As I awaited my Korean Air flight at Mumbai Airport, a sense of anticipation enveloped me, marking the commencement of my first overseas voyage.
In an era characterized by limited internet access and television dominance, my knowledge of the destination was scarce. The recollection that resonated most vividly was the memory of the Summer Olympics held in Seoul in 1988.
After getting an offer letter from Samsung Electronics, S, Korea, I resigned from Zensar Technologies, Pune in January 2005.
On the 19th Feb, I flew from Baroda to Mumbai. I had a few hours stopover at Mumbai airport. I was curious about how the Korean culture would be. I was eager to meet some Korean people at the airport.
During my wait, I met a Japanese girl who graciously shared her photographs from her time in Japan. It turned out she had also visited Korea, recounting her experiences, particularly with Korean cuisine. Considering my limited cooking skills, I couldn’t help but feel a twinge of nervousness about how things would unfold in that regard.
I also met an Indian gentleman at the airport who happened to work for Hyundai Motors in South Korea. Returning from his holiday in India, he generously shared valuable firsthand insights and information about Korea.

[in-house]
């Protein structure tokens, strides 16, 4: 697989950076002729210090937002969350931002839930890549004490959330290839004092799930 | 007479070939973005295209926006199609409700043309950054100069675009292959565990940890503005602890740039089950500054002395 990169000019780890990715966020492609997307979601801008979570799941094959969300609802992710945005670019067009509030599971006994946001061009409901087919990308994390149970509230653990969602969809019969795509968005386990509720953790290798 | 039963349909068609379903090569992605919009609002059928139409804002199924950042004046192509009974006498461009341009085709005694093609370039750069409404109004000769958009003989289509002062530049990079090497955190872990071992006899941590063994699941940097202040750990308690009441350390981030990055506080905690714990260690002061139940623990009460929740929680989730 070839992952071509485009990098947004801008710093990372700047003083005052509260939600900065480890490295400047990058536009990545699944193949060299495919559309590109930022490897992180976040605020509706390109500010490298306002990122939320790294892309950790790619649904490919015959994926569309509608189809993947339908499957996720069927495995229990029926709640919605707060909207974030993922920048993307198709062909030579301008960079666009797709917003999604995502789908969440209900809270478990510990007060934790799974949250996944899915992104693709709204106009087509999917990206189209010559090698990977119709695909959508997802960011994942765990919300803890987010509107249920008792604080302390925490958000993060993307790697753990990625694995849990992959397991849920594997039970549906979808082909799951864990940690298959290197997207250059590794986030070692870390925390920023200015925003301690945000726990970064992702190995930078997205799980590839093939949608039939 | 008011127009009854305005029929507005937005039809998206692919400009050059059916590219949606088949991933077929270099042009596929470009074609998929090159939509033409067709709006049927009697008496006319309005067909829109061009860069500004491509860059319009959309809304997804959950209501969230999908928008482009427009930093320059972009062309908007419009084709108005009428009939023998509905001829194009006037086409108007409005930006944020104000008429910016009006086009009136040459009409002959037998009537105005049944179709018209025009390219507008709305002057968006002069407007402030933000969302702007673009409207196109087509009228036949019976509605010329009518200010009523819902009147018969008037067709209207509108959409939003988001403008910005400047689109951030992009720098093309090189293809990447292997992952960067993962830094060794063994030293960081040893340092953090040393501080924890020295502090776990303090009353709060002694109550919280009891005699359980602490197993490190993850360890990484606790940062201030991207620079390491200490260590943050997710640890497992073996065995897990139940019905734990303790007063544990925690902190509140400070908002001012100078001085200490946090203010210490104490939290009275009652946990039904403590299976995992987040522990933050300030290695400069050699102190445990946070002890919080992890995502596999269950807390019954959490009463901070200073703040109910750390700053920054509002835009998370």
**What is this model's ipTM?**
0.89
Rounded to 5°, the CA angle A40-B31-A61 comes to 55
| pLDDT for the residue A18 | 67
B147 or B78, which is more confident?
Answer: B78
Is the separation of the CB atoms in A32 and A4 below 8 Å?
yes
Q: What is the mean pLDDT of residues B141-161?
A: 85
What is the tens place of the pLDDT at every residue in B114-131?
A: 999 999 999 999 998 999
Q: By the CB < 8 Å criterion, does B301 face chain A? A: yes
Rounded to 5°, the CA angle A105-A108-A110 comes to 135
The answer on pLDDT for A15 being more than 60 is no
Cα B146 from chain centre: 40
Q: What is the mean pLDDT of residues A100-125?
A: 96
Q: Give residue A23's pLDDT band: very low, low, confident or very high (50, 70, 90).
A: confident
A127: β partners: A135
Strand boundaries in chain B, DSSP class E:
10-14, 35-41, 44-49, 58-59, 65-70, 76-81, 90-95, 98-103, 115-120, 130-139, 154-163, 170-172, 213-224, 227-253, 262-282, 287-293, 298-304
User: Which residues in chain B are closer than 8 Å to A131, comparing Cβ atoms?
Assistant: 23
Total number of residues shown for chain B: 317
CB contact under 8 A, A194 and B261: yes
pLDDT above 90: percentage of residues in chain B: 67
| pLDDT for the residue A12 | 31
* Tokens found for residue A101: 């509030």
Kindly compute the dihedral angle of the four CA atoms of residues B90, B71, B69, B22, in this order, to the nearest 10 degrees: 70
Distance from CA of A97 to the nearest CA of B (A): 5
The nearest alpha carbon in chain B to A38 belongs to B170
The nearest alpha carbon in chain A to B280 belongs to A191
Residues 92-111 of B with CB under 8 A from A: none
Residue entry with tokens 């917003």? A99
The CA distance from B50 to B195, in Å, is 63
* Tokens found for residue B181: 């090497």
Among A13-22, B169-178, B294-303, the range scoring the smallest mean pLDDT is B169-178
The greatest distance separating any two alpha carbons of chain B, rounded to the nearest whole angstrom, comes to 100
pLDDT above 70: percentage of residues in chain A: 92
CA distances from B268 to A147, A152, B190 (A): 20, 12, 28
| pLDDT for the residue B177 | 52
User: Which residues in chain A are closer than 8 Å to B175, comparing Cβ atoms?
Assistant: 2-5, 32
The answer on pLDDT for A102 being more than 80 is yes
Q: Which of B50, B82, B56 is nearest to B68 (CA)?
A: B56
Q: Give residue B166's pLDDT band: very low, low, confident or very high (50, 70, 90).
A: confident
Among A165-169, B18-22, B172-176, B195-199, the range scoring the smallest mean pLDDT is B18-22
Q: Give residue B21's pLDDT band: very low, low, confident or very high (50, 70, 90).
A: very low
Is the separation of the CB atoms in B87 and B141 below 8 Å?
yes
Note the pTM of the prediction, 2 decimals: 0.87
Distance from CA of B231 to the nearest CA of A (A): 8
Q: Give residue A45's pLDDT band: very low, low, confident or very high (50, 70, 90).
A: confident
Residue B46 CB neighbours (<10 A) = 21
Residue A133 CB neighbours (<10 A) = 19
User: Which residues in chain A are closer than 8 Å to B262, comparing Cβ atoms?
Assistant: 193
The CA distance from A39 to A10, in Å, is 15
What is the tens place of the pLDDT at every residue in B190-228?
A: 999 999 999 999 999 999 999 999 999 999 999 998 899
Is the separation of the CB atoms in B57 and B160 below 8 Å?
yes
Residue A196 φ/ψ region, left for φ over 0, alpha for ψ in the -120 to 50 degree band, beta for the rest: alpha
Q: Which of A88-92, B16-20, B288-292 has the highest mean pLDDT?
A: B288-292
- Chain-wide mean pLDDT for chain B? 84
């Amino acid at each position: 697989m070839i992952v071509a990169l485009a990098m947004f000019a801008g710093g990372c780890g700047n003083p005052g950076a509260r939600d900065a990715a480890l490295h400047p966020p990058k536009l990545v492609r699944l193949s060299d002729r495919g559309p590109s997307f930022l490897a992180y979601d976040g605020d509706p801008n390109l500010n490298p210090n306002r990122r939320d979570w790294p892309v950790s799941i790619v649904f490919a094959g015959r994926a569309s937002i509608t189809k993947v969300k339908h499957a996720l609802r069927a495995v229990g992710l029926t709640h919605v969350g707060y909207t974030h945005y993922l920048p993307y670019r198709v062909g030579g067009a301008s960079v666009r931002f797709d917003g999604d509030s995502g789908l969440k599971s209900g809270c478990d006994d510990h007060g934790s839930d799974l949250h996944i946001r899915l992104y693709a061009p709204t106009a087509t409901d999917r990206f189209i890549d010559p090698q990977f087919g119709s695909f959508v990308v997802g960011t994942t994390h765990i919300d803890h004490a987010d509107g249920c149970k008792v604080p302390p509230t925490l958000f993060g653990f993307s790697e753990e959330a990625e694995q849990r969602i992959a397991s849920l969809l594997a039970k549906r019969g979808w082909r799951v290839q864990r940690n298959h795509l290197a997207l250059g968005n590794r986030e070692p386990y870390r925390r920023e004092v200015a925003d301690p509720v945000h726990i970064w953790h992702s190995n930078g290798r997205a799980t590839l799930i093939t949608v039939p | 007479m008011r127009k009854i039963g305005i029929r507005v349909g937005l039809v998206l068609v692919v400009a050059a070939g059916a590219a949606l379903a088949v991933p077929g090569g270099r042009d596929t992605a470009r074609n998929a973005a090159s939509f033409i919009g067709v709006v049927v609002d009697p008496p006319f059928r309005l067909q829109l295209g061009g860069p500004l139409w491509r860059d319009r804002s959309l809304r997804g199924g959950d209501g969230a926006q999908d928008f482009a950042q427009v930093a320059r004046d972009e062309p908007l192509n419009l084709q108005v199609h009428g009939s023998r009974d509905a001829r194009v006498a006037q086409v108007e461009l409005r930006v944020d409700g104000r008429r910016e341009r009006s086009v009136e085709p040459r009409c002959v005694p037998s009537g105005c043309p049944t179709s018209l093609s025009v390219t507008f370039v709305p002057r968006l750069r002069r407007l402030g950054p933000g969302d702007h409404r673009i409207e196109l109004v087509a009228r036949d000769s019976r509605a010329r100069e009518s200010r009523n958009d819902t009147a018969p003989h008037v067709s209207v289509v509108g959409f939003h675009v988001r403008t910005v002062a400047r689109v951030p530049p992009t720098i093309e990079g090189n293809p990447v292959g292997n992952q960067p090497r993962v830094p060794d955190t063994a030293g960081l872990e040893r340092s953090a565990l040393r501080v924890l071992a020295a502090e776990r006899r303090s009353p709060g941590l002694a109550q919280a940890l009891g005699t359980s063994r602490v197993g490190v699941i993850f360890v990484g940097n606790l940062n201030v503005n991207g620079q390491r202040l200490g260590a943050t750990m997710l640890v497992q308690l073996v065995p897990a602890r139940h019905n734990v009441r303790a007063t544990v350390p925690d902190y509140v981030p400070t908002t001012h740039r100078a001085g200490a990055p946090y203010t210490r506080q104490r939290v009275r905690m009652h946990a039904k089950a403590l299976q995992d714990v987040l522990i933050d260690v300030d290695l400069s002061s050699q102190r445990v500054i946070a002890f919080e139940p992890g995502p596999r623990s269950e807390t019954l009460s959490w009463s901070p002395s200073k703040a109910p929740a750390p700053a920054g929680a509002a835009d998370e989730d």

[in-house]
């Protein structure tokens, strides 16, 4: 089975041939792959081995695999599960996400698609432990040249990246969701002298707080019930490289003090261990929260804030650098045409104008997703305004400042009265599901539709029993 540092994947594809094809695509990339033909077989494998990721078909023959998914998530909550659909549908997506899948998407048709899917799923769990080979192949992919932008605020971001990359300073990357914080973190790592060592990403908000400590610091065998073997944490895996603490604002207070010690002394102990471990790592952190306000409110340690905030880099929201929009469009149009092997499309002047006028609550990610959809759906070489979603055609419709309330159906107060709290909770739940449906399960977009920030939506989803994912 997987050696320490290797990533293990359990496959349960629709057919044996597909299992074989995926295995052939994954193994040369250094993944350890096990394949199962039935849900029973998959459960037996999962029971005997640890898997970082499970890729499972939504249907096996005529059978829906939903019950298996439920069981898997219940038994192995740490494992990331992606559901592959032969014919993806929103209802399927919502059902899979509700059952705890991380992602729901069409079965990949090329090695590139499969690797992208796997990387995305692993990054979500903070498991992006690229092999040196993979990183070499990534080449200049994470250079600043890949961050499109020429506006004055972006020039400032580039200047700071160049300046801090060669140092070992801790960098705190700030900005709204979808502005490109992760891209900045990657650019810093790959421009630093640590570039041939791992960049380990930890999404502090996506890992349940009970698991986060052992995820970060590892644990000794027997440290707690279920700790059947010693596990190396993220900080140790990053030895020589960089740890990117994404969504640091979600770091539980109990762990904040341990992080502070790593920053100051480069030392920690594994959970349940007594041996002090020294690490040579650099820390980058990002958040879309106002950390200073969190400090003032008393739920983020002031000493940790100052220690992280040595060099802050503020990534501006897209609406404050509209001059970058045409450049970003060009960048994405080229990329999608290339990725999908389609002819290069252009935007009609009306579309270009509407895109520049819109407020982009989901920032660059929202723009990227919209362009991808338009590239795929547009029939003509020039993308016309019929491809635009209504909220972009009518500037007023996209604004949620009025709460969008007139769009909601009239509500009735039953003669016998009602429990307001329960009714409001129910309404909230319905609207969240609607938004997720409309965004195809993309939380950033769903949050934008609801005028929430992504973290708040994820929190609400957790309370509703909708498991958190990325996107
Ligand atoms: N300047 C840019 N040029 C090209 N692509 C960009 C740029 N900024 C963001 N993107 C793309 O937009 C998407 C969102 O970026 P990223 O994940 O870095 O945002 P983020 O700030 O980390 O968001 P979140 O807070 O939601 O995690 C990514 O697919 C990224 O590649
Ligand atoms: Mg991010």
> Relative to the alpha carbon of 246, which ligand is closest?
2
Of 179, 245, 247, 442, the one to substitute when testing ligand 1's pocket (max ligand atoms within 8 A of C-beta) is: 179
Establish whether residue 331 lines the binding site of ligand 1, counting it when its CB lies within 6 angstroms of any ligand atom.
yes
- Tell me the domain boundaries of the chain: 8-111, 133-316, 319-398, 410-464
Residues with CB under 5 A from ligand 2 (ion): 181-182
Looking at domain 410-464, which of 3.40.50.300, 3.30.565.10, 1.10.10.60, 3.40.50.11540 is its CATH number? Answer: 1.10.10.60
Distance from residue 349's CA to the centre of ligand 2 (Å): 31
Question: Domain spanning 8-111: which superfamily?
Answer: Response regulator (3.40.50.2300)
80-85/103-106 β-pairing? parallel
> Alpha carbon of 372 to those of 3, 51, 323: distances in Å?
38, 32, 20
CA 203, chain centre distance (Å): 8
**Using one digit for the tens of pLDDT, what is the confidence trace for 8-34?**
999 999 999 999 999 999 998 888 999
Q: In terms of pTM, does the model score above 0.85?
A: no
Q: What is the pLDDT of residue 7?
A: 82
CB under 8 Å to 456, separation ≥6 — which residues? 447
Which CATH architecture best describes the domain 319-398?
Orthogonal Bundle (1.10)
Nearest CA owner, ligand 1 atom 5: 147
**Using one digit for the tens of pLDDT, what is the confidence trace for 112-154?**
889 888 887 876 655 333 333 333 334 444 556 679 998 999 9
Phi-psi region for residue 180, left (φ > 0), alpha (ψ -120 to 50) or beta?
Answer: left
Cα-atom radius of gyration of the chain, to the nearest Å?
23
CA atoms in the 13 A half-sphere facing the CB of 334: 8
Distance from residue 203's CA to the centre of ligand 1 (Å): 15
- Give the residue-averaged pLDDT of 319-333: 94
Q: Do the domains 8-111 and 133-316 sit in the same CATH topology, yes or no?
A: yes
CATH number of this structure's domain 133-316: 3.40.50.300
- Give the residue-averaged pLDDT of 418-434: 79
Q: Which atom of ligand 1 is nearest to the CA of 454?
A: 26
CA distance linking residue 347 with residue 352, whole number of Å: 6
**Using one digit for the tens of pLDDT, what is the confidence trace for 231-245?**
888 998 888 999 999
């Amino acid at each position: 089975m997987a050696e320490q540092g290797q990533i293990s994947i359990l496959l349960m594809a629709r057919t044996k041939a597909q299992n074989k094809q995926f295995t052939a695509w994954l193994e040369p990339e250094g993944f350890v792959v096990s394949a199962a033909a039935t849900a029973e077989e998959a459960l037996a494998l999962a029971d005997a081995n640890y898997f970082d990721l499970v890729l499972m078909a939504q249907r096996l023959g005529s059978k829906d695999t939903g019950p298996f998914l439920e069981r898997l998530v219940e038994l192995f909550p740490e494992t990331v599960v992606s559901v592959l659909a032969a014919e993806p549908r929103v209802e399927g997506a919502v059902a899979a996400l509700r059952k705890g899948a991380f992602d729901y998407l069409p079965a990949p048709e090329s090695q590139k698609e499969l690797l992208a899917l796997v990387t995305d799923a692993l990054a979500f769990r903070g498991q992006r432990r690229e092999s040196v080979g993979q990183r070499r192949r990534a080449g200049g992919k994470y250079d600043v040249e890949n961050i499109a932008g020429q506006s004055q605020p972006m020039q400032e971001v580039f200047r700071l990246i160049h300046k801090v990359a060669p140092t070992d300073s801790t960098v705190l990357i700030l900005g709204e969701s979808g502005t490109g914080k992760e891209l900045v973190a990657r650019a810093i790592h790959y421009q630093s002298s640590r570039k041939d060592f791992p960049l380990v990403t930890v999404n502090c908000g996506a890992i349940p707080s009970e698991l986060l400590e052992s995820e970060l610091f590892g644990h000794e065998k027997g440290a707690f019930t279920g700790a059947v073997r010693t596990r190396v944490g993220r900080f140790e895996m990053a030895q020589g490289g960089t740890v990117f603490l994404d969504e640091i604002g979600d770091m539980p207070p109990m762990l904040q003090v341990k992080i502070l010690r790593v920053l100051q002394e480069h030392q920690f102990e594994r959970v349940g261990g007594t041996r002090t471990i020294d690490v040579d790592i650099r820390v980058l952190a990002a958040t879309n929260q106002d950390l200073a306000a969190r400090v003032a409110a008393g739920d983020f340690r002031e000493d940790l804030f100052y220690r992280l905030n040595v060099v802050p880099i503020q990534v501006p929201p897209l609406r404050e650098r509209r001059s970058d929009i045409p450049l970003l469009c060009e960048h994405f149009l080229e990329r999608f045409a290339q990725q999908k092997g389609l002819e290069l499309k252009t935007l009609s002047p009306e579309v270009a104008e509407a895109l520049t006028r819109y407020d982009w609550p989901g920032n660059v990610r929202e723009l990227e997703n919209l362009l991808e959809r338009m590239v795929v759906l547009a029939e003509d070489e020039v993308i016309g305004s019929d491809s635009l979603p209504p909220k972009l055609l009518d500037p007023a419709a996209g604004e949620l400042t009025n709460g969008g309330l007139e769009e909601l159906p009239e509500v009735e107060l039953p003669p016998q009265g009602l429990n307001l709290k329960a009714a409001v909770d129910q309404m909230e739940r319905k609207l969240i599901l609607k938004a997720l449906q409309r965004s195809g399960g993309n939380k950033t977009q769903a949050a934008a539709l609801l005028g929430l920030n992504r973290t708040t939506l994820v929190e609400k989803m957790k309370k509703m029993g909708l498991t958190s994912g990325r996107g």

Since I had excess luggage, I contacted the manager of Korean Airways on the recommendation from my friend, Regil. Graciously, he assisted me in securing a business class seat, effectively resolving my excess luggage predicament.
During the in-flight lunch service, I found that Korean cuisine didn’t quite suit my taste. It dawned on me that I might encounter challenges with food in the country I was heading to.
I arrived at the Incheon airport, at 3:15 pm on 21-Feb-2005, Sunday. It was one of the coldest days. There were not many people at the airport. I was told 200 USD would be sufficient to convert to Korean WON. The company was taking care of my accommodation and food expenses. After exchanging cash, I was waiting for the taxi driver. It took me a while to find him. He was holding a board with my name on it. He could barely speak English. While driving, he told me his English was better than other Koreans. I realized communication would be another problem. The food was already one.
I reached my apartment after about 2 hours ride. There were a few Indian colleagues downstairs when I arrived – Alpesh Patel and Hari Varrier. They helped me take luggage to my flat and explained the operation of various devices. I didn’t have any international calling cards to inform my parents about my arrival.
That night Nelson, Alpesh, Hari, and I went to buy a calling card. It was out of stock, and I couldn’t make a call. It was the coldest night and one of the coldest winters I had ever experienced. I had only a leather jacket, barely sufficient to meet the minus 15 degrees Celsius.
I had the company-provided food coupons. When I went to the cafeteria, I didn’t like the food taste and aroma. I came back to my flat. Since I had got some foodstuffs from Baroda, I ate them heartily. I was cautious not to finish it off though.